Yangon: The whereabouts of Than Shwe, leader of Myanmar’s secretive junta, remained a mystery on Thursday, but rumours he had been ousted by the army chief were dying rapidly.

The most popular explanation was that Than Shwe, 73, who appears in the media only rarely, was in a hospital in Yangon’s military zone and General Maung Aye, the army chief and number two in the junta, was acting in his stead.

“So far as we’ve heard, he was sent to the Mingaladon military hospital. We don’t know any further details,” said U Lwin, the spokesman for detained democracy icon Aung San Suu Kyi’s National League for Democracy (NLD).

Than Shwe’s last media appearance was on August 19 when he met special United Nations envoy Ali Alatas, the Indonesian former foreign minister.

The state-run media in the former Burma made no mention on Thursday of either Than Shwe or the rumours of his ouster which swept Myanmar and neighbouring Thailand a day earlier.

Officials, who rarely talk to journalists in a country ruled by the military in various guises since 1962, were unreachable for comment.

But Thai Prime Minister Thaksin Shinawatra shrugged off the rumours as baseless.

“The information we’ve got is that they are not true,” he told a news conference. “We have checked with every source. It was not true.”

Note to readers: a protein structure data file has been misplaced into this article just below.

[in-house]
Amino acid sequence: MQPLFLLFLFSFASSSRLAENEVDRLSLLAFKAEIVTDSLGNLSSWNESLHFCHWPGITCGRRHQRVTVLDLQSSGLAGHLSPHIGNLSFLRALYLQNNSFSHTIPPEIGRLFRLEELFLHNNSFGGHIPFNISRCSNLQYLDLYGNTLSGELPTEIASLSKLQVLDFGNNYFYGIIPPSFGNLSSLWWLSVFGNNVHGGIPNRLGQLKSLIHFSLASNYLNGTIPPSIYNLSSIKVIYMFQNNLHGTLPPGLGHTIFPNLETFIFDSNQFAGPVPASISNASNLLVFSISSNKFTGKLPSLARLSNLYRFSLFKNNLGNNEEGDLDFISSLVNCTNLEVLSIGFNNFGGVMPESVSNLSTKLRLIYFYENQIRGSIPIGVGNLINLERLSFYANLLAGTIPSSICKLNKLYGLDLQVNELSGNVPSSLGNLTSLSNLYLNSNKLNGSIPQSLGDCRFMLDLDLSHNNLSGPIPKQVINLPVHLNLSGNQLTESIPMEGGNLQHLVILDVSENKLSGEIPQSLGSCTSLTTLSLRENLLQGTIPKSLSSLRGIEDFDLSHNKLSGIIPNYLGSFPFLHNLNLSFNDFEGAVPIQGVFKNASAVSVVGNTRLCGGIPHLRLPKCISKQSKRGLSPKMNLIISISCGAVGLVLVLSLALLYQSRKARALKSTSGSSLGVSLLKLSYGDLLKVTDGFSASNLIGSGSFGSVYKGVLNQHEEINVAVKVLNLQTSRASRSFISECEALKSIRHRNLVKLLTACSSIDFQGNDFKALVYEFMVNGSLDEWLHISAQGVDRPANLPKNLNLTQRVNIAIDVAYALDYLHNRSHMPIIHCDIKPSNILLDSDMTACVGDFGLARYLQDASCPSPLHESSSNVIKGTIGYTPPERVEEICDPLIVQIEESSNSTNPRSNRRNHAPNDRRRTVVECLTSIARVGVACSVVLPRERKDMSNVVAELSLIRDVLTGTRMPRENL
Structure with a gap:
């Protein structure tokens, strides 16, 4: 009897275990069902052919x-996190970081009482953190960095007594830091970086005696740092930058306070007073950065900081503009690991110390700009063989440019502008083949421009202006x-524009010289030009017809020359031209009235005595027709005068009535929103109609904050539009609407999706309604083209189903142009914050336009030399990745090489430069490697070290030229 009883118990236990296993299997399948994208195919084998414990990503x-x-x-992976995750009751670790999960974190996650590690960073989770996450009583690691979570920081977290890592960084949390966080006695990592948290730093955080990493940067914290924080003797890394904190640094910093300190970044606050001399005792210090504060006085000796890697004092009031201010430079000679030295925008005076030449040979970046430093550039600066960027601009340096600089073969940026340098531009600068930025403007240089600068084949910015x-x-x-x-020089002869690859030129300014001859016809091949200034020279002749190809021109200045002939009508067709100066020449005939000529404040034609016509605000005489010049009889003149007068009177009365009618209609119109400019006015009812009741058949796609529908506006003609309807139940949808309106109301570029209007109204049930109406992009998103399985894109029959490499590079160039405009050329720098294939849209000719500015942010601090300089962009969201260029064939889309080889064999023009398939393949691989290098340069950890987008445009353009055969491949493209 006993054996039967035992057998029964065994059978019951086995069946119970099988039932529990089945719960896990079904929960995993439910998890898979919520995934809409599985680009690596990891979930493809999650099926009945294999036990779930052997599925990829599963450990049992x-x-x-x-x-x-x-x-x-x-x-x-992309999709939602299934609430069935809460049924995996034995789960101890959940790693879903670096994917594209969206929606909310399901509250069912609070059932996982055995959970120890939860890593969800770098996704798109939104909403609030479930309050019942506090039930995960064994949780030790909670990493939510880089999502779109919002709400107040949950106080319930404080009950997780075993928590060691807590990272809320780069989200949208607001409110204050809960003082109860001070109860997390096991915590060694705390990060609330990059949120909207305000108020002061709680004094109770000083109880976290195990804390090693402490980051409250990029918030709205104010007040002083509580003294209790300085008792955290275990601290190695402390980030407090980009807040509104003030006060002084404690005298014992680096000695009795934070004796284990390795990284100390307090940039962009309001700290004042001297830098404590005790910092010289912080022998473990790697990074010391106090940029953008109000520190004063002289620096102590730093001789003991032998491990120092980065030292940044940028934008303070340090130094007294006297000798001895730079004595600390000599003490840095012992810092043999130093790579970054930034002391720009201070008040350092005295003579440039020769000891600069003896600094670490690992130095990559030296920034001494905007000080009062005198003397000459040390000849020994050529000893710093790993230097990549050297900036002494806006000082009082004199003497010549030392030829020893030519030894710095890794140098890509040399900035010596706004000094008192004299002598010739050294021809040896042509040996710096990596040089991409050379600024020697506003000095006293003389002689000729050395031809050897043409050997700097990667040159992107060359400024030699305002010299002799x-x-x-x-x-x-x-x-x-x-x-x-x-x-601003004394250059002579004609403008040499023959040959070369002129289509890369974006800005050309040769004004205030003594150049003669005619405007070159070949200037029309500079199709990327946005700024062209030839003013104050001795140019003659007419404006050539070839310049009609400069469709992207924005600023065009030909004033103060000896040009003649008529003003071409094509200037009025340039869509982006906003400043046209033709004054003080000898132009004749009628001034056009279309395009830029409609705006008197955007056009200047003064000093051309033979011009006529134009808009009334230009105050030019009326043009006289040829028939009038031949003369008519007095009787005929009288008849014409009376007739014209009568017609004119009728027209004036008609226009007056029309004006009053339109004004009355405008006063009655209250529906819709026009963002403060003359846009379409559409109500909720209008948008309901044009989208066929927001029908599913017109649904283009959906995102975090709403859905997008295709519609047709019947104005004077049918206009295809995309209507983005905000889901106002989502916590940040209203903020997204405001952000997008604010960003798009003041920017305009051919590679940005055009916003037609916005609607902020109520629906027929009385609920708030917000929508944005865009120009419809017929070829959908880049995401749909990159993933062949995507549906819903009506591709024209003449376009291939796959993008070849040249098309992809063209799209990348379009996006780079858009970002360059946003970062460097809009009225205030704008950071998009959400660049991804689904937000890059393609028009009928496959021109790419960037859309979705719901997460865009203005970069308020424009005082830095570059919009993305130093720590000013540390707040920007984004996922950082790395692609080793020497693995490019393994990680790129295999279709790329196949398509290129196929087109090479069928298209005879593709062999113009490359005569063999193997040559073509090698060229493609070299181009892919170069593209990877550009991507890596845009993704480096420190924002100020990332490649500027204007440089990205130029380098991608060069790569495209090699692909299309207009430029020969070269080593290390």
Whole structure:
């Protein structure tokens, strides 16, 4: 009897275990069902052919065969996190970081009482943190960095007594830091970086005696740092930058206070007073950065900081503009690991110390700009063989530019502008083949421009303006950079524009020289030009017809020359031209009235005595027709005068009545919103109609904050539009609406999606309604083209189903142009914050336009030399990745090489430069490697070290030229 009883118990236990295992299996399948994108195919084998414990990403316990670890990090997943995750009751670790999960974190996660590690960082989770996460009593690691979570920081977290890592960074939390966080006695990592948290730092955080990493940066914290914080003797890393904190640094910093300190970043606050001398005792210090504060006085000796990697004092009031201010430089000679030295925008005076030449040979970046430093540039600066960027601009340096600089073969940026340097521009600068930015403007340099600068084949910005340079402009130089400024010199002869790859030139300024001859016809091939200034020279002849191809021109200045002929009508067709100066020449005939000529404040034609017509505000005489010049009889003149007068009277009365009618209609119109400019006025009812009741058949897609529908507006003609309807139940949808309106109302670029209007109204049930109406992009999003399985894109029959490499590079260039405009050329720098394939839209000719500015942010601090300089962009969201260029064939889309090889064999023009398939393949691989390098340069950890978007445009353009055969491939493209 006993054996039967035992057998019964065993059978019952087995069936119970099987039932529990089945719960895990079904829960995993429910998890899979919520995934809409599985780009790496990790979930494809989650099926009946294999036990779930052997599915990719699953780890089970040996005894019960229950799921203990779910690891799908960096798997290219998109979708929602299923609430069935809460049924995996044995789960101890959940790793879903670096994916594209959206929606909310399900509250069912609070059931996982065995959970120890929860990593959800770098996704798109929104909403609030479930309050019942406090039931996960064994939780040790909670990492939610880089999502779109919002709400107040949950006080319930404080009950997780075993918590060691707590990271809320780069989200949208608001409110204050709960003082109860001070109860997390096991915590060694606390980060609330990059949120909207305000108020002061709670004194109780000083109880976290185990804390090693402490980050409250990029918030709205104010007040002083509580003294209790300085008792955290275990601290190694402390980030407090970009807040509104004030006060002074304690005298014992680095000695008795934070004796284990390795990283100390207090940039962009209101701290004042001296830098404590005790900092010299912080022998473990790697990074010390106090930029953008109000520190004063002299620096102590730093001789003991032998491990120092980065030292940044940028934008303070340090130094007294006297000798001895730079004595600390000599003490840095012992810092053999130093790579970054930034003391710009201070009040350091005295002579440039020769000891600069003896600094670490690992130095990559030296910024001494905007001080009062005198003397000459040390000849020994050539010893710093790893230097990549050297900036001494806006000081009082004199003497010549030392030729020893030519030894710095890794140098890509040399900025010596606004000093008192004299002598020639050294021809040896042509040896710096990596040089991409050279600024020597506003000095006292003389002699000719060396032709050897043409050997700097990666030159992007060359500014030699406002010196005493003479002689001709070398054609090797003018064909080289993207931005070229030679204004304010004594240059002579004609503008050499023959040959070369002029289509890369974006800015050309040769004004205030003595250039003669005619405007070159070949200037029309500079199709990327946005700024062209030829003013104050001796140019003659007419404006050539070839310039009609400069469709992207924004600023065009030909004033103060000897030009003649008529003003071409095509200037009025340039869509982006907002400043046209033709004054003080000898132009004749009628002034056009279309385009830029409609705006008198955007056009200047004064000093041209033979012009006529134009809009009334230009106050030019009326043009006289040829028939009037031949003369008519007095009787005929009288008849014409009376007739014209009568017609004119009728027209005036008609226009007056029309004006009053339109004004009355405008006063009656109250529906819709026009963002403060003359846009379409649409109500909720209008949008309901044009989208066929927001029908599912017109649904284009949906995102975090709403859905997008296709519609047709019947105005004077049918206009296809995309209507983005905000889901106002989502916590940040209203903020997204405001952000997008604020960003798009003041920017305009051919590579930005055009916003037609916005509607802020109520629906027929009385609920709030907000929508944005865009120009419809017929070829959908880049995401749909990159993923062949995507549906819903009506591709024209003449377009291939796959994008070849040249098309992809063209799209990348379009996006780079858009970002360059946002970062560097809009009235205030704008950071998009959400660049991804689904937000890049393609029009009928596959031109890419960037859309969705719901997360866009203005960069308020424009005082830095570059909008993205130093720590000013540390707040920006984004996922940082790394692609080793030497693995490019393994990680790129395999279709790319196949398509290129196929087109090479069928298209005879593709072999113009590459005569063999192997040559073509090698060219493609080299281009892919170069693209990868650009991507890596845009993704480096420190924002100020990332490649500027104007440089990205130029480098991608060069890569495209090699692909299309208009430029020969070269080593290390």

RUMOURS, HOPE, DISAPPOINTMENT

There had been no unusual military or police activity in Yangon on Wednesday, leading diplomats to disbelieve the rumours, but the prices of gold and the kyat currency moved, reflecting unease among ordinary people.

But the prices of both began to drift back to previous levels on Thursday as the intensity of the rumours dissipated.

Gold, which rose from 270,000 kyat per tical (0.525 troy ounce) on Tuesday to 276,300 kyat on Wednesday, dipped to 275,000 kyat.

The black market price of the kyat — whose official exchange rate is around 6 to the dollar — dropped from 1,120 to 1,178 on Wednesday but had recovered to 1,170 on Thursday morning, dealers said.

Rumours about what is going on in the military have been rife since General Khin Nyunt was ousted unceremoniously as prime minister and military intelligence chief last October.

That was followed by the mass release of prisoners the junta said had been jailed improperly by military intelligence and the inclusion of a few political detainees raised hopes it was serious about a seven-step road to democracy Khin Nyunt had announced.

But, as has happened so often before in Myanmar as events spawned hope, nothing appears to have changed.

Suu Kyi is still under house arrest and her NLD effectively barred from a conference writing a new constitution critics say will merely cement the military regime in place.

Nor do long-time Myanmar watchers expect things to change.

“If there were to be a change in leadership, I don’t see any indication that that would lead to a change in policies towards Aung San Suu Kyi or the pro-democracy movement,” said Robert Karniol, the Asia-Pacific editor of Jane’s Defence Weekly.

“There seems to be a very monolithic political viewpoint within the armed forces and I don’t see that being readjusted by a change of personality,” he said.

“There is competition between individuals or blocks of individuals, but I don’t see a hardline verses moderate split within the armed forces.”